A major exhibition at the J. Paul Getty Museum explores Édouard Manet’s later years — after his rise to notoriety in the 1860s and the formal launch of the Impressionist movement in the early 1870s.
Édouard Manet (1832-1883) is best known today for large-scale paintings that once were provocative — paintings which challenged the old masters and academic tradition and sent shockwaves through the French art world in the early 1860s. In the late 1870s and early 1880s, however, he shifted his focus and produced a different — though no less radical — body of work.
Manet and Modern Beauty (through January 12, 2020) features more than 90 of Manet’s later works. On view is an array of stylish portraits, luscious still lifes, delicate pastels, genre scenes of suburban gardens and Parisian cafes, and portraits of favorite actresses and models, bourgeois women of his acquaintance, his wife, and his male friends. The works sparkle with an insistent – perhaps even defiant – sense of life. Many iconic oil paintings — including the Getty’s recently-acquired Jeanne (Spring) — as well as pastels and intimate watercolors, provide a fresh look at this ever-popular artist.
“Manet is a titan of modern art, but most art historical narratives about his achievement focus on his early and mid-career work,” says Timothy Potts, director of the J. Paul Getty Museum. “Many of his later paintings are of extraordinary beauty, executed at the height of his artistic prowess—despite the fact that he was already afflicted with the illness that would lead to his early death.” [Manet died in 1883, at the age of 51. Long suffering with complications from syphilis and rheumatism, in April his gangrenous left foot was amputated, and he died eleven days later.]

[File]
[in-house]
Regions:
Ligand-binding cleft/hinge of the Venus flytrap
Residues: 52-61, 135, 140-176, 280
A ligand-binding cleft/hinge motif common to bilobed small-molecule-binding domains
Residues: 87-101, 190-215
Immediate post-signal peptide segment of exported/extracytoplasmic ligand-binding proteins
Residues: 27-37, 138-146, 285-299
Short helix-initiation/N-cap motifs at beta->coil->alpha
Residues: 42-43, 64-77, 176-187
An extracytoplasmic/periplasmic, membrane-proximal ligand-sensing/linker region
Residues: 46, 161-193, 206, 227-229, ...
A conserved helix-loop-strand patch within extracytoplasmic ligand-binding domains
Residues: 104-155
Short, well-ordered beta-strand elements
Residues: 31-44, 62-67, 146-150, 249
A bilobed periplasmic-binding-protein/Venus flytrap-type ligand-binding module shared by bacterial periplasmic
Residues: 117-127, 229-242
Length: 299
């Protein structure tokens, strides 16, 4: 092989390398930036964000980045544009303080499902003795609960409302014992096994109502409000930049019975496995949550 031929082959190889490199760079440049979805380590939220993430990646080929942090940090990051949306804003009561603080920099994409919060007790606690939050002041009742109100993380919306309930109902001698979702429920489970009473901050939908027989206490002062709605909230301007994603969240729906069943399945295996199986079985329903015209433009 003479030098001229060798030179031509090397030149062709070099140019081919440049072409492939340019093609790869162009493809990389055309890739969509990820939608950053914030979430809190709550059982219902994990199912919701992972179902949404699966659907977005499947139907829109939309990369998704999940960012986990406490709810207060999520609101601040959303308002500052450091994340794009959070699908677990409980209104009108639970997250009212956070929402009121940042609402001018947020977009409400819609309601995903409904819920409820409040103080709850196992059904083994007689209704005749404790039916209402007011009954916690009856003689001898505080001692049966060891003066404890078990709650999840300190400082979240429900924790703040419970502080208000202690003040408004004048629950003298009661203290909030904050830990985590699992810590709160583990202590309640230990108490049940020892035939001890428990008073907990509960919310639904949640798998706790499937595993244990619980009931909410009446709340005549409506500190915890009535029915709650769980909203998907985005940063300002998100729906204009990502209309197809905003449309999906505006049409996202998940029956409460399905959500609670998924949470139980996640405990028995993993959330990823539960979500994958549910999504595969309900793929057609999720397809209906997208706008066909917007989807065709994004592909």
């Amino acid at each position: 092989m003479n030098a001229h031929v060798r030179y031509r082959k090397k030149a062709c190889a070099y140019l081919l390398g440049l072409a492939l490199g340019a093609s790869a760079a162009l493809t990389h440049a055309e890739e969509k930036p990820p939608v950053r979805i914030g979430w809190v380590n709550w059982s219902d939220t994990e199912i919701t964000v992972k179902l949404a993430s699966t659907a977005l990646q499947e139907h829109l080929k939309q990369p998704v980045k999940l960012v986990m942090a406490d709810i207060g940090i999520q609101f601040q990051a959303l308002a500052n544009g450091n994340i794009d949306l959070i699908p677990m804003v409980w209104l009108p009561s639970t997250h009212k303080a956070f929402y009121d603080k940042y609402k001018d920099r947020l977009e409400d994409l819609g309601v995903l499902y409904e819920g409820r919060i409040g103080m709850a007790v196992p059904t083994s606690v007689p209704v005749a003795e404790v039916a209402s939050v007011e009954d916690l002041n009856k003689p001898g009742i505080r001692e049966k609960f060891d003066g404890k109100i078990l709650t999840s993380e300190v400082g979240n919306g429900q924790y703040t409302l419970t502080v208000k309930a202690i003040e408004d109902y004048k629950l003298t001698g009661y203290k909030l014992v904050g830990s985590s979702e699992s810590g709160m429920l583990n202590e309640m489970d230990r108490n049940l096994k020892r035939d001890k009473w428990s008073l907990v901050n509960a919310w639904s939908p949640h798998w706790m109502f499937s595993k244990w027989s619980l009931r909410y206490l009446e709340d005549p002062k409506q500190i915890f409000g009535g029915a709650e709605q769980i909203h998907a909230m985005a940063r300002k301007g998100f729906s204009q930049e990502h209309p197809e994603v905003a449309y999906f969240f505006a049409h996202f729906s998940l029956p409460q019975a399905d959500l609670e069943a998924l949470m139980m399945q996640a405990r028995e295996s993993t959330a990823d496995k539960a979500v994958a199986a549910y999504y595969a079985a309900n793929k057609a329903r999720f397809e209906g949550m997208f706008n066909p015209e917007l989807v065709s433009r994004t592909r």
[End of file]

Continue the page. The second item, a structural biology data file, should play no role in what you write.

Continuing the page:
Declining health forced him to adjust his working habits: during the last six or seven years of his life his output was generally more intimate in both scale and subject, focusing on fashionable scenes of Parisian life and the stylish women, and sometimes men, of his acquaintance.
Too often dismissed as superficial by critics, these later works provide valuable testimony to Manet’s elegant social circle and suggest a radical new alignment of modern art with fashionable femininity while recording the artist’s unapologetic embrace of beauty and visual pleasure in the face of death.
This landmark exhibition is divided into five sections—La Vie Moderne, Portraits of an Era, The Four Seasons Project, Manet at Bellevue, and Flowers, Fruits, and Gardens.
The first of these considers a notable solo show in 1880, when Manet was invited to exhibit in the gallery affiliated with La Vie Moderne, a new fashion and culture magazine. Introducing the public to his provocative cabaret, bar, and boudoir scenes and to his pastel portraits, this exhibition marked a new beginning for Manet. Numerous works shown at the Vie Moderne gallery are on display in this section.
The following section— Portraits of an Era—demonstrates the importance of portraiture to Manet’s identity as a painter of modern life. Not simply intent on recording individual likenesses, he aimed to capture the essence of his epoch by portraying representative social types—the chic parisienne or fashionable dandy, for instance—in their various modes of dress and deportment.
This section also explores Manet’s emerging practice of portraiture in pastel, a medium closely associated with his Impressionist colleagues Edgar Degas and Berthe Morisot. Using these dry sticks of pure color did not require the same lengthy and laborious studio procedures as oil painting, and between about 1878 and his death, Manet turned out close to 100 pastels, the great majority of them portraits.
“Unlike Titian and Rembrandt—or indeed, his friends Monet and Degas—Manet didn’t live long enough to develop a late style, but the work of his last years is still distinct from what preceded it, characterized by a new lightness of spirit, of palette, and often of touch,” says Emily Beeny, associate curator of drawings at the Getty Museum. “We see a new interest in watercolor and pastel–media that allowed him to work more quickly than he could in oils. But above all we see a new interest in capturing fleeting pleasures on the wing, making permanent the impermanent.
Fashions obviously change; youthful beauty fades; flowers wilt; and in this sense the late production–all those pretty girls and flowers, all those watercolor hats and plums brushed into the margins of his letters, all those bright, little pictures–are also about impermanence. Seen as the work of a dying artist, they give us a vivid sense of beauty snatched from the jaws of time, beauty embraced in the teeth of acute physical suffering.”